As per study developed in science field, a new culprit that is likely to have been involved in the Earth’s greatest extinction event that took place 250 million years ago when rapid climate change wiped out nearly all marine species and a majority of those on land.
Scientists have studied that for the mass extinction, an influx of mercury into the eco-system may have been responsible.
Related to this new discovery, Steve Grasby, co-author of a paper from the University of Calgary, said, “No one had ever looked to see if mercury was a potential culprit. This was a time of the greatest volcanic activity in Earth’s history and we know today that the largest source of mercury comes from volcanic eruptions.”
“We estimate that the mercury released then could have been up to 30 times greater than today’s volcanic activity, making the event truly catastrophic,” he added.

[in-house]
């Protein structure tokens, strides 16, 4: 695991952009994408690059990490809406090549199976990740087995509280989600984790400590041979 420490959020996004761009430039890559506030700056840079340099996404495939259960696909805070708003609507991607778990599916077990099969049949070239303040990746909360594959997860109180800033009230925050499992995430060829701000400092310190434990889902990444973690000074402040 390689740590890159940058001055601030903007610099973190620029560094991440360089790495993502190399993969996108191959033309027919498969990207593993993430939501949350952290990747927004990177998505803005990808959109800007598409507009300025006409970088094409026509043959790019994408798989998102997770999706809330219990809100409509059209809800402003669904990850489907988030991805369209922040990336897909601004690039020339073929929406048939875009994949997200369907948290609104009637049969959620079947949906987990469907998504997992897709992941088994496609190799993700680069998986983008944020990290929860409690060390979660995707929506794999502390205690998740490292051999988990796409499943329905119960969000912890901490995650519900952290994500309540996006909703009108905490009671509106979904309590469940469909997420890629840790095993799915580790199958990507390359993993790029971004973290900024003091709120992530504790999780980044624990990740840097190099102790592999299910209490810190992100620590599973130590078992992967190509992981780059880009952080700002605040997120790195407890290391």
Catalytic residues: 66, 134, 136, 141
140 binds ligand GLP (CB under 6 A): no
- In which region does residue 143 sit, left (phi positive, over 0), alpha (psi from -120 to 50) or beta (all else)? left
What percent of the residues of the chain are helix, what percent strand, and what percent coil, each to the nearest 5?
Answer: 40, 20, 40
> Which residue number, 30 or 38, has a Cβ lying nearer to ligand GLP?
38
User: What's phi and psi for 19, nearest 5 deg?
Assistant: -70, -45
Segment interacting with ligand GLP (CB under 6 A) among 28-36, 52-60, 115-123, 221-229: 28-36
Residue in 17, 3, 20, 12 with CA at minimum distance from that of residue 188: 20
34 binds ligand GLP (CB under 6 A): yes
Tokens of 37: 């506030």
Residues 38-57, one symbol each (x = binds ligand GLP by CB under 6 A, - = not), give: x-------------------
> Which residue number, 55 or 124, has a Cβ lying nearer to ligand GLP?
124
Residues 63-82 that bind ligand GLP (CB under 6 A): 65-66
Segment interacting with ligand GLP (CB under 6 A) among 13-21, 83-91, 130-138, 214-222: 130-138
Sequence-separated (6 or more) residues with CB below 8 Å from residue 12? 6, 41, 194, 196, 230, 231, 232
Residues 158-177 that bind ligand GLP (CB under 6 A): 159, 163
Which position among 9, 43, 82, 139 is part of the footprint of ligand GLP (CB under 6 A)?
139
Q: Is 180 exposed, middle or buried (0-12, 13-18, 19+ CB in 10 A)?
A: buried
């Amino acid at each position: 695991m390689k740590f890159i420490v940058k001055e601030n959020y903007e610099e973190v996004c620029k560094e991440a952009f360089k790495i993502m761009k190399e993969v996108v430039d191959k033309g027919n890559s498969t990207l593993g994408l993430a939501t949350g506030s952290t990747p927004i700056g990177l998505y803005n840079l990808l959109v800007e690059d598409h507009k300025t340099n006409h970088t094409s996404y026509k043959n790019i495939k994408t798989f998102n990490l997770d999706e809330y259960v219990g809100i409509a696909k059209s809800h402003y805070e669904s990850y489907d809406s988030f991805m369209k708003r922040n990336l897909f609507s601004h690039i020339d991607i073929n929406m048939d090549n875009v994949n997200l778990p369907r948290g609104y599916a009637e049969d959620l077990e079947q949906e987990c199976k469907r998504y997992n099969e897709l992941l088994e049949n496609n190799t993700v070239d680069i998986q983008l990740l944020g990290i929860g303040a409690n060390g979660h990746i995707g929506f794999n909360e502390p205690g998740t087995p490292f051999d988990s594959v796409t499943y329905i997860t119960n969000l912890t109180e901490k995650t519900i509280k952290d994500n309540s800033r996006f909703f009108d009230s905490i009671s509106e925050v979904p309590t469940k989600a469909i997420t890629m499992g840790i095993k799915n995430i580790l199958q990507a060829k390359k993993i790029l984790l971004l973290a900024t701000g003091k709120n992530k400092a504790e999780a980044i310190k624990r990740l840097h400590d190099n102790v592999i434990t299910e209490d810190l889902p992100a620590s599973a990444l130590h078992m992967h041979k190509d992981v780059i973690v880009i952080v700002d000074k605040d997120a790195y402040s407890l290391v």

A longed time before dinosaurs ruled and when all land formed one big continent around 250 million years ago, the majority of life in the ocean and on land was wiped out. The volcanic eruptions burned though coal beds that releasing CO2 and other deadly toxins.
However the rate of mercury deposition could have been much higher in the late Permian when compared with today’s human-caused emissions.
In some cases, levels of mercury in the late Permian ocean was similar to what is found near highly contaminated ponds near smelters, where the aquatic system is severely damaged, say researchers.
“We are adding to the levels through industrial emissions. This is a warning for us here on Earth today,” Benoit Beauchamp from the University of Calgary informed the reporters.
According to study being discovered, this show life structure to go on and off, no one knows what happens, but the story is one of recovery as well.
While the system was out of capacity or we can say overloaded , everything was destroyed, but the oceans had ability still to self clean that’s why we were able to move on to the next phase of life. Such new study that discovered has been published in the journal Geology.